Daily Digest: Netroots Grapples with Obama's Ideology
BY Nancy Scola | Friday, July 11 2008
The Web on the Candidates
Over the last several days we've focused attention on the Get FISA Right effort to push Barack Obama to oppose the federal surveillance law that George Bush signed into law yesterday. Now, on the morning after, comes post-vote reflection. And the focus seems to be on one question: where does Obama fit into the political spectrum? While the Washington Post's Dan Balz reflected upon Obama's "ability to confound both left and right" and New York Times' Gail Collins suggested that his ideology might simply be "antidumb," those roughly aligned with the online left tried to make sense of where they fit in a world where Obama is poised to become the Democratic nominee. Author and blogger David Sirota sounded a note of hope that "getting rolled by Obama" will push the institutions of the left, both online and off, to finally grow strong and independent enough not to be coopted. Open Left's Matt Stoller argued for the critical need for the netroots to let voters know that Obama's ideas are not progressive, but centrist, ones. Change Congress's Larry Lessig wrote a tell-us-how-you-really-feel post instructing liberal activists to calm their immunity hysteria; Lessig: "you should actually be upset with yourself that you have been so careless in understanding the politics of this candidate." And finally, Mike Stark, one of the lead organizers of the Get FISA Right effort, took to Daily Kos to suggest that pushing Obama from the left was necessary to finally teach the Democratic Party the lessons of Ralph Nader's candidacy -- a sentiment not overly warmly received at DKos.
Speaking of the robust online organizing around the Foreign Intelligence Surveillance Act over the last two weeks, Berkman Center fellow danah boyd, worries that the movement was a demonstration of "more mobilization than information."
The Candidates on the Web
Team McCain seems to be learning how useful online video can be. After John McCain's economic advisor Phil Gramm referred to the U.S. as "a nation of whiners" suffering from "a mental recession," the campaign got busy sending around a YouTube clip of the candidate condemning the former senator's remarks.
MyDD's Todd Beeton offers praise for Listening to America: Democratic Platform for Change, the Obama teams suite of tools for collaboratively crafting a party platform -- and heartily mocks Rush Limbaugh's plan to have the writing parties "infiltrated" by Dittoheads.
When I said down to read the New York Times (in print -- I still kick it old school like that) over coffee yesterday morning, the story about Jesse Jackson's "vulgar" hot mic comments about Obama caught my eye. But the reporting on the incident was vague, and I found myself wondering, but what exactly did Jackson say? There are certain phrases, it seems, that the Gray Lady will simply just not utter. But Wired's Sarah Lai Stirland reports that the web has no such scruples, and the video of Jackson's description of what he'd like to do to Obama is taking off online.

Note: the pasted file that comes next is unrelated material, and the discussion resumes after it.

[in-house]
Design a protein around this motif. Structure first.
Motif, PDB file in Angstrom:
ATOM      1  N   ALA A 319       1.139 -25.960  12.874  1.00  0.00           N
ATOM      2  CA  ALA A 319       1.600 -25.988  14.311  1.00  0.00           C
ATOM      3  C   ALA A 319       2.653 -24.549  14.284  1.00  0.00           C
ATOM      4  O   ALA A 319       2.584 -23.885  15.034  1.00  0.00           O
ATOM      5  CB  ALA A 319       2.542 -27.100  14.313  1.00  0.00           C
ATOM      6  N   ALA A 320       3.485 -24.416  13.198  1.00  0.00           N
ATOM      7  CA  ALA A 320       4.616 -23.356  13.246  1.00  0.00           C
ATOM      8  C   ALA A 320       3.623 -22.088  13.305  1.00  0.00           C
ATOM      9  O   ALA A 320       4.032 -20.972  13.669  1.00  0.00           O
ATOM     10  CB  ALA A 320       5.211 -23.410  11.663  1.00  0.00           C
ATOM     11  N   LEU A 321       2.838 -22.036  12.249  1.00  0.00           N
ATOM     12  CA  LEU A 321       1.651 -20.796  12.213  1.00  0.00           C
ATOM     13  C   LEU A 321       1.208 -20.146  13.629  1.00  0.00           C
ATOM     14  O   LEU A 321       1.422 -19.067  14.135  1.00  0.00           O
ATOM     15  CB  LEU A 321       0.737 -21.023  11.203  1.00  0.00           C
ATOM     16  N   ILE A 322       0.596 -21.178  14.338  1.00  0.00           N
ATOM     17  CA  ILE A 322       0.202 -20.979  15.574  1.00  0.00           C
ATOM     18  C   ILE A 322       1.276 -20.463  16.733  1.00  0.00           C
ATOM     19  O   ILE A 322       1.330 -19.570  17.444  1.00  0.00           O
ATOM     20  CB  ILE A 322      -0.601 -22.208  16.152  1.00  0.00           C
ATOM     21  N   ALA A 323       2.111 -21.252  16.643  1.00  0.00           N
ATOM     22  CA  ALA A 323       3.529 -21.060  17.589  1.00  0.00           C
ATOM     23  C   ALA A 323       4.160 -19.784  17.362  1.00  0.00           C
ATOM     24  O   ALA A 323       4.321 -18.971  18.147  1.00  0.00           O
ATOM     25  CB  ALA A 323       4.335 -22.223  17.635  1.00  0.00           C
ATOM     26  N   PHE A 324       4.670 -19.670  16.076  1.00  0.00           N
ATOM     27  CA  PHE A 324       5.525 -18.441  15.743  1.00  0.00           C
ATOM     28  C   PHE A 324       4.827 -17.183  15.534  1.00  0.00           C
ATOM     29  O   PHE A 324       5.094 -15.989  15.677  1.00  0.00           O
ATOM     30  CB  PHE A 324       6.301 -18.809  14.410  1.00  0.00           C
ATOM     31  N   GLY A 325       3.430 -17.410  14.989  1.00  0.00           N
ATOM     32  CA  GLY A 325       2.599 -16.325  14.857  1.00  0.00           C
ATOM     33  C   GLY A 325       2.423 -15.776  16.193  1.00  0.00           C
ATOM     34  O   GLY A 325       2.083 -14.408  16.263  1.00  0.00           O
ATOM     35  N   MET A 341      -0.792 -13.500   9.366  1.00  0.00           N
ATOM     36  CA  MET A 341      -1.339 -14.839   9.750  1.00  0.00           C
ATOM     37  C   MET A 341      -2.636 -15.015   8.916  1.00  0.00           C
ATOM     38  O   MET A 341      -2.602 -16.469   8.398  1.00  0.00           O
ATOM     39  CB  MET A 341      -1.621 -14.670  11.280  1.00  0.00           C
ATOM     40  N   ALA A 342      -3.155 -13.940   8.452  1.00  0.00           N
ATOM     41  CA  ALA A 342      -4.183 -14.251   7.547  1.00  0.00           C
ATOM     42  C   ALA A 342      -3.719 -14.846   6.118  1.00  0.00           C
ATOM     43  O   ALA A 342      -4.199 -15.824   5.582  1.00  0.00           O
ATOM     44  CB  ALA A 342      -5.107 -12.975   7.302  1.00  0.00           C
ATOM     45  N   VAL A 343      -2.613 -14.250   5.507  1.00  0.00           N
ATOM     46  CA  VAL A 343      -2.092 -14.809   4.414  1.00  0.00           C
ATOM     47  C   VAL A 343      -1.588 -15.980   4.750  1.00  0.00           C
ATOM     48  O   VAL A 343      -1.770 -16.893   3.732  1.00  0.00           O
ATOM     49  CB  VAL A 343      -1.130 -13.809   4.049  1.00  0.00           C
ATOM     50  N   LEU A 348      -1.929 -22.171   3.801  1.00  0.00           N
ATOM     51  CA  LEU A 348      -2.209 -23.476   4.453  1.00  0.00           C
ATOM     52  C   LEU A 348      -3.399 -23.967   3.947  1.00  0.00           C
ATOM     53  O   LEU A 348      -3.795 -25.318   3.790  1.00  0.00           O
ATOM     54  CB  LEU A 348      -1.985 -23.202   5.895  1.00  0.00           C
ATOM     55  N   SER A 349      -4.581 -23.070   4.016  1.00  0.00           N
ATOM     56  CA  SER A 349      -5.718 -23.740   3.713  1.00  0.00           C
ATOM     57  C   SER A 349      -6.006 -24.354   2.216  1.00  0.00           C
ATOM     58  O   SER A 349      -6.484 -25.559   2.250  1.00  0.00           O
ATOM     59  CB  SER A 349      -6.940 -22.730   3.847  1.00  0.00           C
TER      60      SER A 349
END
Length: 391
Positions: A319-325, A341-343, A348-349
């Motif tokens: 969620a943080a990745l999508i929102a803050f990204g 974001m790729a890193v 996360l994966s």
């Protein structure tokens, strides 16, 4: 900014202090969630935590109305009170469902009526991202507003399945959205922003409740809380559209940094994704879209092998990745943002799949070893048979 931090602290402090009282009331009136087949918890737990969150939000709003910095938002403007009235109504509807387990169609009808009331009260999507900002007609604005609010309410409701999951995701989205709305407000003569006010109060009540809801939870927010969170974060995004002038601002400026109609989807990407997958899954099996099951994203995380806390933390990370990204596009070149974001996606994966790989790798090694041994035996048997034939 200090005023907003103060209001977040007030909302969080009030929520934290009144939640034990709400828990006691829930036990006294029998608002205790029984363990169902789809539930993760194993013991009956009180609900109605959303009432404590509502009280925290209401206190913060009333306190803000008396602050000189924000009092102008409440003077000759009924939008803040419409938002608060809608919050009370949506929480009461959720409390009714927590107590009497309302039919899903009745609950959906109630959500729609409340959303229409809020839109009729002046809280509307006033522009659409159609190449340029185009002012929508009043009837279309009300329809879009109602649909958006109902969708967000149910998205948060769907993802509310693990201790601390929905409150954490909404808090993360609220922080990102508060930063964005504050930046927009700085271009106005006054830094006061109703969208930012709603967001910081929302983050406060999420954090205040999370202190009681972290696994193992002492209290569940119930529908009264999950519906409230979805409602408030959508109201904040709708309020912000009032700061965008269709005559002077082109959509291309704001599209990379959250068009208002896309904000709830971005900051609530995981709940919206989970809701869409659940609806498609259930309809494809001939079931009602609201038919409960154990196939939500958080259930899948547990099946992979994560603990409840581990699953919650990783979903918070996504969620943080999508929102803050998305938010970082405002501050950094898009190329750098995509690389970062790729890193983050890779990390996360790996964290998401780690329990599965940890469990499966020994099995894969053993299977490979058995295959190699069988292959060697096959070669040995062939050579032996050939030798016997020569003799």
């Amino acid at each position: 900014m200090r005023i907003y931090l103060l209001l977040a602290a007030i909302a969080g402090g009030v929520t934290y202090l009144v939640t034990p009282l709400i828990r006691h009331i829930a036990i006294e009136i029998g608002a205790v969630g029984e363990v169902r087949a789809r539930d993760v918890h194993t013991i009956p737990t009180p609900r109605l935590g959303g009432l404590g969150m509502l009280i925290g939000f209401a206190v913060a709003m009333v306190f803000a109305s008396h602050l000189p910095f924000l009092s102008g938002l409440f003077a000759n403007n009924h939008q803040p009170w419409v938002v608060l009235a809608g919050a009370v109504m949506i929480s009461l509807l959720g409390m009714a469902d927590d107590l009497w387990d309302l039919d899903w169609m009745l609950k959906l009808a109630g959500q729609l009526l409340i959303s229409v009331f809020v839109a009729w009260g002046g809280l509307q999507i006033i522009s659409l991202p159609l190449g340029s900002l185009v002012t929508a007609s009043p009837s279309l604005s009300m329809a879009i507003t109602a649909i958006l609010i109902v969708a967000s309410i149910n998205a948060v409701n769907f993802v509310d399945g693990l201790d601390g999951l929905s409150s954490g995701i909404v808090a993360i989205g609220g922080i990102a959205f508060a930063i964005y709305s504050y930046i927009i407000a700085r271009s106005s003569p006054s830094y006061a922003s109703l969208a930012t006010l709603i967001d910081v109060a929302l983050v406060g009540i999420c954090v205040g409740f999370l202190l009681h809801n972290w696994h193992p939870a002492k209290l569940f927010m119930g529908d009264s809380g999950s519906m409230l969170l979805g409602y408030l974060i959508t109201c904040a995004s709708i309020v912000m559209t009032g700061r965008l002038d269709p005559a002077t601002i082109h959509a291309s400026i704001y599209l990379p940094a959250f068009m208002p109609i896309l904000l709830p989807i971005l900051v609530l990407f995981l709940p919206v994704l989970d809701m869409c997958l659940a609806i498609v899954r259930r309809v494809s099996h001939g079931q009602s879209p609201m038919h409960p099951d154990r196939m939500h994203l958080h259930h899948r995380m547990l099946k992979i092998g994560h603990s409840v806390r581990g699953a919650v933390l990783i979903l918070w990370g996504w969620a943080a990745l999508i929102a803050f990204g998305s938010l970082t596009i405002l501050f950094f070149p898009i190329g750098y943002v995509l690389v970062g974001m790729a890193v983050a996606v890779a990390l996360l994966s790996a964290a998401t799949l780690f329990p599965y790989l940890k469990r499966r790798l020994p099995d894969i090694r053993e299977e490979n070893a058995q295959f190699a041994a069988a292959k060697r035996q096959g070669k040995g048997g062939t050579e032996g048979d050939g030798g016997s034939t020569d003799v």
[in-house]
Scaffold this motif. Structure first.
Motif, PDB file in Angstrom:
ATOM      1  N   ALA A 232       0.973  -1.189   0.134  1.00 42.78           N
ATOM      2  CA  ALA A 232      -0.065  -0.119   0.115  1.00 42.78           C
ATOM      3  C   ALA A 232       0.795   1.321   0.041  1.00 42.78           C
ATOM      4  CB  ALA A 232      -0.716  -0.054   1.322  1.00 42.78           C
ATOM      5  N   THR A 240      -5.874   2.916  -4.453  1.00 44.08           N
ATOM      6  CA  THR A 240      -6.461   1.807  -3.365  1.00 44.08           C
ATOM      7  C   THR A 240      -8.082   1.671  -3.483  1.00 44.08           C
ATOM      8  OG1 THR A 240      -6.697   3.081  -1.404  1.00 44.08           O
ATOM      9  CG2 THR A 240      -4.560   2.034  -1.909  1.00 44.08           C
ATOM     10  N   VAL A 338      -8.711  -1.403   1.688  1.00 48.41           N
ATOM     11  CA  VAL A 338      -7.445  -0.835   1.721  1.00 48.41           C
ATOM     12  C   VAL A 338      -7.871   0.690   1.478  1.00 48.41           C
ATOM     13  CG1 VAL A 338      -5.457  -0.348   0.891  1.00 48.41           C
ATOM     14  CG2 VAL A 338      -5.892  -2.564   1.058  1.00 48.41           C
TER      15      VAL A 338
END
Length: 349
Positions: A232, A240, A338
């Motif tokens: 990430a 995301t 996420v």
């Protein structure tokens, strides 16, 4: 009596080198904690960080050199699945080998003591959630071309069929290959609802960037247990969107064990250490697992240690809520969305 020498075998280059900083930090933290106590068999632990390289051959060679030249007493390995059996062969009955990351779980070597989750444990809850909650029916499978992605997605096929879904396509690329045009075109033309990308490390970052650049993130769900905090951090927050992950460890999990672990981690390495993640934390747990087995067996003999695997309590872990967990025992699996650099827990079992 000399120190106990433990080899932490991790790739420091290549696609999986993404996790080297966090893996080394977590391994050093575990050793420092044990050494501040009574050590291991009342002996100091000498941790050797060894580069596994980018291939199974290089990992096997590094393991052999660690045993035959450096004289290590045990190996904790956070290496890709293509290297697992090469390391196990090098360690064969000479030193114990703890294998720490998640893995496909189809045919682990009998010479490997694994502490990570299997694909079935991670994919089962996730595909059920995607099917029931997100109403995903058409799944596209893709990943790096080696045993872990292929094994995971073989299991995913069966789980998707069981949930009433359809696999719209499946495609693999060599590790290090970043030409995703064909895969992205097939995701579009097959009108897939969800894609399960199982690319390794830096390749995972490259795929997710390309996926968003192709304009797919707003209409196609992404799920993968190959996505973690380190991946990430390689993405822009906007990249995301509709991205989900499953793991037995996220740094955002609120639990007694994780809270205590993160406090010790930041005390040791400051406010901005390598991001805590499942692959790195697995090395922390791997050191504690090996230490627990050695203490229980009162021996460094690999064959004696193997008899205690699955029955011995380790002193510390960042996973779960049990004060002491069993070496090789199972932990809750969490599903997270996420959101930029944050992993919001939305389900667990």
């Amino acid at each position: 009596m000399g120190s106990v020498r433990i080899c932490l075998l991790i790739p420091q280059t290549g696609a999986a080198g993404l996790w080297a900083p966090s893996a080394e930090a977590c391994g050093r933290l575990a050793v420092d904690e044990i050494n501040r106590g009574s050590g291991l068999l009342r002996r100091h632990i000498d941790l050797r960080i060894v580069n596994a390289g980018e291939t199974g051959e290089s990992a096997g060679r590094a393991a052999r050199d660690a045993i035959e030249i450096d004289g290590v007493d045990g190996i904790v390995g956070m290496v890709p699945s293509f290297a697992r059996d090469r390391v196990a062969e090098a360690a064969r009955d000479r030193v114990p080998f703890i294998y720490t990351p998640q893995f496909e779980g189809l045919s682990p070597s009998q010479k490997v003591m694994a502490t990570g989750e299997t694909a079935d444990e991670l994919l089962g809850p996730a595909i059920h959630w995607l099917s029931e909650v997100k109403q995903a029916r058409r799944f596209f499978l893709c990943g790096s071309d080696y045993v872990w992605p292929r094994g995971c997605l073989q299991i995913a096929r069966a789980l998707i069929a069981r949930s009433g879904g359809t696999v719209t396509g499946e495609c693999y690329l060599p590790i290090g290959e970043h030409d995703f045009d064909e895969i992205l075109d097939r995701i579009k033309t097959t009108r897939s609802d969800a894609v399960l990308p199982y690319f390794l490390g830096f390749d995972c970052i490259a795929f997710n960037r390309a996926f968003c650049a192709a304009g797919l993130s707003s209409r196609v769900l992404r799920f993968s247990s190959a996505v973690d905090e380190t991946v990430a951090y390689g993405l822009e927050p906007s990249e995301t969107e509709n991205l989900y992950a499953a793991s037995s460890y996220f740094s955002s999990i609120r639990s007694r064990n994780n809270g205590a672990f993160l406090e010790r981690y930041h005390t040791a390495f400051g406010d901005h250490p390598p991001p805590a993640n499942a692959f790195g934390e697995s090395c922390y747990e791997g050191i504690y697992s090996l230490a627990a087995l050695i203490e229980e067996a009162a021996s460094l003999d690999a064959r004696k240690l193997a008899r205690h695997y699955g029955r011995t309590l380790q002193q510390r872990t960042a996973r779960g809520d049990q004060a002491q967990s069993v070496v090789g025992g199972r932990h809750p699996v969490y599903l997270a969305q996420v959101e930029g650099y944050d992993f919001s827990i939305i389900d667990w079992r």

TechCongress and Beyond
The Twitter Dome Scandal -- the controversy over the House of Representatives' rules and practices regarding Twitter, Qik, and other web tools -- is constantly evolving, but Venture Beat's Eric Eldon has a good recap of the situation. The latest news is that Speaker Nancy Pelosi has responded to Minority Leader John Boehner's warnings about the Democratic leadership's intentions, saying: "dissemination of this false information does a disservice to the vital dialogue on using technology to increase citizen involvement." In a post titled "Republican = Open, Democrat = Closed," The Next Right's Patrick Ruffini chided those on the left who are warm to Pelosi's approach to updating the House's operating rules. Meanwhile, the Sunlight Foundation's Let Our Congress Tweet became the first real demonstration of Twitter-based activism. While I'm working on getting some numbers on the success, the buzz around the campaign in some Twittering circles was quite remarkable. One nifty trick made use of by Sunlight: a link that pre-populates the Twitter box with their call to action.
In Case You Missed It...
PdF's Dave Witzel offer his take on our Twittering Congress. Also check out Dave's great interview with the Open House Project's John Wonderlich, as well as his report on how GovTrack's Joshua Tauberer has released the site's source code under a GNU AGPL license.
An email from United Airlines came in to Zephyr Teachout's inbox, calling for support for a Stop Oil Speculation Now campaign backed by that airlines as well as American, Southwest, and more. Zephyr has a great post up about how this might mark the dawn of giant corporations using their many million-member email lists to lobby Congress, a la MoveOn. Are we witnessing, Zephyr asks, the winning of the social-tool arms race by big business?